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Friday Research Seminar Series

Hosted by Research

Friday, September 27 at 12:00 PM
Des Moines University, Ryan Hall 181, Des Moines, IA, 50312 Show Map

Friday Research Seminar Series

This week’s Friday Research Seminar Series will be hosted by the Physiology and Pharmacology department. All faculty members and students are invited to attend.

Can a Rat Tell You She Has a Headache? There’s More to Pain than Molecular Signaling



Kenneth E. McCarson, Ph.D.

Co-Director, Biobehavioral Measurement Core (BMC), Director, R.L. Smith IDDRC Rodent Behavior Facility , Kansas Intellectual and Developmental Disabilities Research Center (KIDDRC), Associate Professor, Department of Pharmacology, Toxicology and Therapeutics


Dr. McCarson has used rodent models of pain and behavioral measures in the study of the neurobiology of pain for well over two decades; as a postdoctoral Research Associate at Washington University these approaches were enhanced by acquiring the molecular tools used to expand my previous studies of the role of neurokinin receptors and tachykinin peptides, linking quantification of behavioral hyperalgesia (pain-related behaviors) with regulation of receptor gene expression in animal models of chronic inflammatory pain. As PI or co-Investigator on numerous university- and NIH-funded grants, I have expanded my studies into additional areas including cutaneous wound healing, GABAB receptor expression and function during pain, the molecular mechanisms underlying gender differences in chronic pain, hippocampal neurogenesis, hippocampal NK-1 receptor and BDNF expression and function, and the relationship between stress and chronic pain.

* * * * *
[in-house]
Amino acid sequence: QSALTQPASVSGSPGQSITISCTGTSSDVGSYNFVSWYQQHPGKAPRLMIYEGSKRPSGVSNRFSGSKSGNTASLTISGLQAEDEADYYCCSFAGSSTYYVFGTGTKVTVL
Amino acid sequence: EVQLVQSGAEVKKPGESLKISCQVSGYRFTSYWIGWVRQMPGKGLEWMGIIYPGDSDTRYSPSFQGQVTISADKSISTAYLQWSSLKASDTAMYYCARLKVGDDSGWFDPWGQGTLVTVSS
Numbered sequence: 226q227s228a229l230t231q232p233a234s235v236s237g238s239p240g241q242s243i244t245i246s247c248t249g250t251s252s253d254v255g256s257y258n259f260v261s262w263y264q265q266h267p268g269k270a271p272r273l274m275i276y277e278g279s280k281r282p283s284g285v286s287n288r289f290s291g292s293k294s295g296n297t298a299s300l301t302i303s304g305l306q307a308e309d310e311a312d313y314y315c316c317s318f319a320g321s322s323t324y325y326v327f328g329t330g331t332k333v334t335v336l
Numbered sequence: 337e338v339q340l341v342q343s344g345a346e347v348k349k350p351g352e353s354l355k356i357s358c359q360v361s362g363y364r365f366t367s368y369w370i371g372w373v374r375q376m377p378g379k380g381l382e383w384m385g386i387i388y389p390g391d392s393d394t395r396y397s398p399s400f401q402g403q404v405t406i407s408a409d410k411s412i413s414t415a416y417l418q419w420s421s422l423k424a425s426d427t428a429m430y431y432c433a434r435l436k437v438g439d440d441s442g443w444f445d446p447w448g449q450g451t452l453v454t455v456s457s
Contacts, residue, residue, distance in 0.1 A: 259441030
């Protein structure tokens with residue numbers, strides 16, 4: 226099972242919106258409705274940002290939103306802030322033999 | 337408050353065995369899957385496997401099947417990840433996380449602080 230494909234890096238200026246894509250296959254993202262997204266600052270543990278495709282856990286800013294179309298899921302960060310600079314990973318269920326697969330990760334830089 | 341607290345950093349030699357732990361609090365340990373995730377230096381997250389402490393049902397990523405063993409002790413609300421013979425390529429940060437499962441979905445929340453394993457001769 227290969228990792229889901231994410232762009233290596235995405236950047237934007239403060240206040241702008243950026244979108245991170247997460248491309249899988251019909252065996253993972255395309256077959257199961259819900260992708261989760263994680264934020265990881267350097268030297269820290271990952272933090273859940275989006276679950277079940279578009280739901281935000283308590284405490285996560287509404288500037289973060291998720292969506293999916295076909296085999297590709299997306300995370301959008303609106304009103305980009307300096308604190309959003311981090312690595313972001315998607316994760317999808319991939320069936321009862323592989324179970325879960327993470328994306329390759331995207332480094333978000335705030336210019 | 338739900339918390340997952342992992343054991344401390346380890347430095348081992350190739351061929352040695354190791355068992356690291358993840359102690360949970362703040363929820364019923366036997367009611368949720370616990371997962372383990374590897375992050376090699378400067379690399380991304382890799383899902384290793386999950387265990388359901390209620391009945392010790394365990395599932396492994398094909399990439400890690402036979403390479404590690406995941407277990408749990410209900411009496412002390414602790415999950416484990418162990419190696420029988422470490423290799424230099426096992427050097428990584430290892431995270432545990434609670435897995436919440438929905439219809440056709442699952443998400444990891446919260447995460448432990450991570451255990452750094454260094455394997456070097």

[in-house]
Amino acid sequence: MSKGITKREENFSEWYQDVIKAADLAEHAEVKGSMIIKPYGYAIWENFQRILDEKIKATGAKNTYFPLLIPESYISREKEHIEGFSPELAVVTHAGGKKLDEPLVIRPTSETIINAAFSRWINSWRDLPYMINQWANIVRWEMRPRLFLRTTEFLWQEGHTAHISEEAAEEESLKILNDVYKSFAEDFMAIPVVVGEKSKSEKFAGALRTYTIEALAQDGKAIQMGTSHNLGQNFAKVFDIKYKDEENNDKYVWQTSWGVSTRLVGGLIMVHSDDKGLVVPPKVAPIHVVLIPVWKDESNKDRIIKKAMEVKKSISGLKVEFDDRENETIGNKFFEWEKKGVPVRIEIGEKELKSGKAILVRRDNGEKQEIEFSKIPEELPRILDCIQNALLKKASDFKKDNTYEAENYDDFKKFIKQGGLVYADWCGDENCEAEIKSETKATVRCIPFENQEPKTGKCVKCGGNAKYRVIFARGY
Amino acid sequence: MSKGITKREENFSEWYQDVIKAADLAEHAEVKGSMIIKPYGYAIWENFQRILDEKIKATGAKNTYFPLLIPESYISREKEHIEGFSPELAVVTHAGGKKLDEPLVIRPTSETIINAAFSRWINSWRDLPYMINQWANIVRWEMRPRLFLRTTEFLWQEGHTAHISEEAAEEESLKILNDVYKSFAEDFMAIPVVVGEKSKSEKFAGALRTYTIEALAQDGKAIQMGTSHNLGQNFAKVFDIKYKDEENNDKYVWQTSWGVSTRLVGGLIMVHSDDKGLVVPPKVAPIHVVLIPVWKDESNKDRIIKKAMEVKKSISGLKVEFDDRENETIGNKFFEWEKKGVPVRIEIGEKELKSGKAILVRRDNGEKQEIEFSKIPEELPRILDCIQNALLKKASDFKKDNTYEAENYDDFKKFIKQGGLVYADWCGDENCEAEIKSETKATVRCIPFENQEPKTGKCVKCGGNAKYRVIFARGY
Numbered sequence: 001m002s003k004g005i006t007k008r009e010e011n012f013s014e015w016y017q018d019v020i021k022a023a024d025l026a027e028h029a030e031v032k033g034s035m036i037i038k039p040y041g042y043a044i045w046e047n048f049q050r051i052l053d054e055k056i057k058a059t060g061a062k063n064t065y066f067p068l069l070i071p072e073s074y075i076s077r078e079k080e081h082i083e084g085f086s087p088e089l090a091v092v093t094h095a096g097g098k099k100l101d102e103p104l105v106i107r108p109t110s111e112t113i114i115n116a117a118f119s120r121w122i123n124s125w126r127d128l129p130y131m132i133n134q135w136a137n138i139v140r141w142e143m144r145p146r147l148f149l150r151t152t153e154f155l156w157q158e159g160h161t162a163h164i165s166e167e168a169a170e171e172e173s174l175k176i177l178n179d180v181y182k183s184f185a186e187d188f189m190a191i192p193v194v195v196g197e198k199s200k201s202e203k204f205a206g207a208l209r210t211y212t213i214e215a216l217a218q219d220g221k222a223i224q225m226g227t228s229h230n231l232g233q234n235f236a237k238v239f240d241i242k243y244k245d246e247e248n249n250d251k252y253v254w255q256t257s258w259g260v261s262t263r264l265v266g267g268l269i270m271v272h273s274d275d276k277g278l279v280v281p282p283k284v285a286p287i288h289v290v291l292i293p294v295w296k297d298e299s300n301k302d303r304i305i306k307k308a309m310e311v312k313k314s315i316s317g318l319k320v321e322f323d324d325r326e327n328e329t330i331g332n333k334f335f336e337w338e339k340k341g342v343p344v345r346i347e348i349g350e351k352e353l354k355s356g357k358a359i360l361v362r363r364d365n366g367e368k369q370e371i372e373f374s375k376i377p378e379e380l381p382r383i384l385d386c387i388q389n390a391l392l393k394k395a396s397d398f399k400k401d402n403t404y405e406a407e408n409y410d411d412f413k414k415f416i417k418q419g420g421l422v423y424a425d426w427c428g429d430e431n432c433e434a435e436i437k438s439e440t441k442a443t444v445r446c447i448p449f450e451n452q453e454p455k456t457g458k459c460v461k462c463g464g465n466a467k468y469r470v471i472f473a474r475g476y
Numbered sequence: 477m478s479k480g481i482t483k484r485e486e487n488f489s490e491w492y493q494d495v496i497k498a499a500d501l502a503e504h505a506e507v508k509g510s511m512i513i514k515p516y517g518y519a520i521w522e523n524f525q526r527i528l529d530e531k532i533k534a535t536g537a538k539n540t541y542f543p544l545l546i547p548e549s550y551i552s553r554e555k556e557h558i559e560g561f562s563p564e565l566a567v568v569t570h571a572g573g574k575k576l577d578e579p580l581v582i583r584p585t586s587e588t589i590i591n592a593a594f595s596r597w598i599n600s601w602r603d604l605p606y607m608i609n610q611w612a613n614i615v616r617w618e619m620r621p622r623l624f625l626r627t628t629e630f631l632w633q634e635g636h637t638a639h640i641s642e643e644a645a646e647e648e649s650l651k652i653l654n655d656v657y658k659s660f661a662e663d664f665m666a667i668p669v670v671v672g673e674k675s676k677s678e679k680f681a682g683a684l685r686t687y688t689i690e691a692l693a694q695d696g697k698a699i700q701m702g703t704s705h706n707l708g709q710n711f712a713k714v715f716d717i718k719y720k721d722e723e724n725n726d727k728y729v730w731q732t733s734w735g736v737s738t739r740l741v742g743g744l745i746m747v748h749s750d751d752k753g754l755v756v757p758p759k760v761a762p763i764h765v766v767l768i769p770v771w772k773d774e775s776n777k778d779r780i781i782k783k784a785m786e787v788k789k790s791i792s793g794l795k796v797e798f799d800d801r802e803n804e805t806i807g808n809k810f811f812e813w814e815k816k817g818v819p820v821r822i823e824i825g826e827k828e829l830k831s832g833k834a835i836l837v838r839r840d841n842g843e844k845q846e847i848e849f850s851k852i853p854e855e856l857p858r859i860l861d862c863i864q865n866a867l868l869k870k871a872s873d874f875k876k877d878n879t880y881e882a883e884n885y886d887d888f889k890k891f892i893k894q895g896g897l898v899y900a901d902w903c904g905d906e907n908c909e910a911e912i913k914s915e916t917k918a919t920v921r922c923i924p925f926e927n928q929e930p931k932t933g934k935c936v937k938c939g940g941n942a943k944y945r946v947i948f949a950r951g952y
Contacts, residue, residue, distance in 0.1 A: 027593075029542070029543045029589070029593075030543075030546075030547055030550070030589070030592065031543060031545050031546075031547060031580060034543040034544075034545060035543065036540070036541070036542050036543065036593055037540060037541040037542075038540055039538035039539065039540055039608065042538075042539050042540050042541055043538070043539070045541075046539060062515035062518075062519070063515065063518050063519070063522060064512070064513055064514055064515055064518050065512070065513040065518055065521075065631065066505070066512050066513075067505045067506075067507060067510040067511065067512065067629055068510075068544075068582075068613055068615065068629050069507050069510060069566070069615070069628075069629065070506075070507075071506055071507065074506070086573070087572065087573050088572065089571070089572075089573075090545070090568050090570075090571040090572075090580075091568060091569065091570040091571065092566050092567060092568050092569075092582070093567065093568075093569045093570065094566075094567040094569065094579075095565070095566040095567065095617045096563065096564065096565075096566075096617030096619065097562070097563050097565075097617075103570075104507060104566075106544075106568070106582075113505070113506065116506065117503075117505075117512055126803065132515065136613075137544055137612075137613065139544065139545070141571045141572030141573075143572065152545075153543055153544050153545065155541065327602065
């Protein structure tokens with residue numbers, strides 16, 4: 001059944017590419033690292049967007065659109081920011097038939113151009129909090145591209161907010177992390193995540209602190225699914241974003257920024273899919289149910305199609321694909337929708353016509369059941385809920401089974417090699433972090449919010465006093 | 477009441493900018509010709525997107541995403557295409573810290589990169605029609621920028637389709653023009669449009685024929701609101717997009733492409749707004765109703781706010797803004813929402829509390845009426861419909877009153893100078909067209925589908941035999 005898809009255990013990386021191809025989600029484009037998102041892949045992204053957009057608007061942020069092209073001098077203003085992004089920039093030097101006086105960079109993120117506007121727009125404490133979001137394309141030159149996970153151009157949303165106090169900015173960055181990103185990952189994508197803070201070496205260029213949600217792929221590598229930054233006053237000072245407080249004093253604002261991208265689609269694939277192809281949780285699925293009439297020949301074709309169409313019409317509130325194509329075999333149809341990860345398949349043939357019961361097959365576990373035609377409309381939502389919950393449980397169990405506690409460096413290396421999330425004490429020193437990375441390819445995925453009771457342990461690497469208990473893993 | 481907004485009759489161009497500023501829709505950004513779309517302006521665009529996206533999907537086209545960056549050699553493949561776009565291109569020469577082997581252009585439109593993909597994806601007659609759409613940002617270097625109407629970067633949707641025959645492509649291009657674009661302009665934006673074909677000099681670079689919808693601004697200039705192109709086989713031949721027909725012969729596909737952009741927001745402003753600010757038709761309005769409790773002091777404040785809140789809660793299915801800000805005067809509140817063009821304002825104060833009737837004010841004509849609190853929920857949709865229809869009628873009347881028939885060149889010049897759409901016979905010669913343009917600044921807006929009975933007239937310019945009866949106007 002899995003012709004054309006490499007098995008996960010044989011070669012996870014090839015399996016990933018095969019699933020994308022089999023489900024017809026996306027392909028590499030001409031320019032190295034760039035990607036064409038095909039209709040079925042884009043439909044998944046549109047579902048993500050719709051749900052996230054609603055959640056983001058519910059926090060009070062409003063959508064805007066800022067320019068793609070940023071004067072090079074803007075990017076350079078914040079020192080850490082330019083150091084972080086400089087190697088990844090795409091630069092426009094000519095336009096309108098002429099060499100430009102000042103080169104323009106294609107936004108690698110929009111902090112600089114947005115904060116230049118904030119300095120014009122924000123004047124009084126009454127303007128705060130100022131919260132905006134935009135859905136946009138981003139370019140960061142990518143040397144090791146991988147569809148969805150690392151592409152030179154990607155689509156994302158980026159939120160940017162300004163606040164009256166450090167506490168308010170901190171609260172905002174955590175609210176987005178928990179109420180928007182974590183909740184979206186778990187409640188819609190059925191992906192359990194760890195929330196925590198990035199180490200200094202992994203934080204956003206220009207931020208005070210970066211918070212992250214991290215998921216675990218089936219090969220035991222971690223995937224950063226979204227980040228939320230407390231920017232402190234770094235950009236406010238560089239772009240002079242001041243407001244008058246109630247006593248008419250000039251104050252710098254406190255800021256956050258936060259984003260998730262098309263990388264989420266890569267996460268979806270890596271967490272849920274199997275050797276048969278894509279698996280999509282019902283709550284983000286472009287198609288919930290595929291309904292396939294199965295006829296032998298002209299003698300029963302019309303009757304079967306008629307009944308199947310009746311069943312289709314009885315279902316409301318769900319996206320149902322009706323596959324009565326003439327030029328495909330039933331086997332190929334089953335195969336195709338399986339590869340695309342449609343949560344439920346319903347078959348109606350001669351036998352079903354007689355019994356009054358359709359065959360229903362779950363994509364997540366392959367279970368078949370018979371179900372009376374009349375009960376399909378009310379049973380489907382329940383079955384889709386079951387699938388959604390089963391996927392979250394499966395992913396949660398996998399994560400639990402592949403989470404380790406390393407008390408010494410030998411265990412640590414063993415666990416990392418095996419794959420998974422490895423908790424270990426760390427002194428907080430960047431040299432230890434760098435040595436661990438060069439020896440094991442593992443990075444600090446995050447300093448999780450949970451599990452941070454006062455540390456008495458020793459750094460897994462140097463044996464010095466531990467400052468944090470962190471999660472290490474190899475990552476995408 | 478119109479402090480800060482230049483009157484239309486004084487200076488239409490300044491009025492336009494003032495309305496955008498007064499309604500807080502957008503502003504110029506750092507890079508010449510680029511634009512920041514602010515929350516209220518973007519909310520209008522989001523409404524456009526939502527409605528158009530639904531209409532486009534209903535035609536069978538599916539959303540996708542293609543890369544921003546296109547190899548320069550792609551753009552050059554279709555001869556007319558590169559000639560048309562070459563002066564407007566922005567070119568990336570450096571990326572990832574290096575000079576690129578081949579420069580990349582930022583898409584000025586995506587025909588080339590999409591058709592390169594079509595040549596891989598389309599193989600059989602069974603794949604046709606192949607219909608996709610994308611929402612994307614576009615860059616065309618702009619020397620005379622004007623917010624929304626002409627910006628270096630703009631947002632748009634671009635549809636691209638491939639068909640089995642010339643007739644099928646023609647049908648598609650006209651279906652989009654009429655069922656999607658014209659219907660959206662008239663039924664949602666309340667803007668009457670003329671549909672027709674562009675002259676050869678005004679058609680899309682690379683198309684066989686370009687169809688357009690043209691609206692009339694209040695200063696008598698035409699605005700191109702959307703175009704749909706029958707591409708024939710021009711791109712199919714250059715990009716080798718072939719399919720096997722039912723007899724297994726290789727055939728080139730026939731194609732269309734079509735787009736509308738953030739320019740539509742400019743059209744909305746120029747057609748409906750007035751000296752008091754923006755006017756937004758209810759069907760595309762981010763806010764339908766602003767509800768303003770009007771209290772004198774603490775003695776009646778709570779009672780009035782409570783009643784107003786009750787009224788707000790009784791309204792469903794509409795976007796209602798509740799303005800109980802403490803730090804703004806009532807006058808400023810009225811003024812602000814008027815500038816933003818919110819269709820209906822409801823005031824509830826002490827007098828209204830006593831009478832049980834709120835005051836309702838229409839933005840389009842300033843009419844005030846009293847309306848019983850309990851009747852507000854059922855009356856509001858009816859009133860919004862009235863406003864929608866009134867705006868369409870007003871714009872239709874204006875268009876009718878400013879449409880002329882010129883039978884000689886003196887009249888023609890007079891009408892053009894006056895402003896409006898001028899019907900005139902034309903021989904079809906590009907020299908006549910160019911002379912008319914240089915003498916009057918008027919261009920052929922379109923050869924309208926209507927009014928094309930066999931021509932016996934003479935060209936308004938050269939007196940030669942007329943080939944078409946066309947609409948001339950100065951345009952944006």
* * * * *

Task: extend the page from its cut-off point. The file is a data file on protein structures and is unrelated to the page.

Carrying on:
1. Explain fundamental physiological mechanisms underlying pain sensation, including the spinal and supraspinal centers and systems that process pain and hyperalgesia.
  2. Describe plasticity of the neuronal systems and signals that contribute to sensitization to persistent pain.
  3. Explain sex differences in pain sensation, focusing on effects that estrogen can have to promote sensitization.
  4. Describe pain modeling in preclinical studies, focusing on rodent migraine modeling.


Des Moines University (DMU) prohibits discrimination in employment, educational programs, and activities on the basis of race, national origin, color, creed, religion, sex, age, disability, veteran status, sexual orientation, gender identity, or associational preference. The University also affirms its commitment to providing equal opportunities and equal access to University facilities. Individuals with disabilities are encouraged to attend DMU sponsored events. If you are a person with a disability who requires an accommodation in order to participate in this activity, please contact the DMU Continuing Medical Education office at 515-271-1596 or cme@dmu.edu.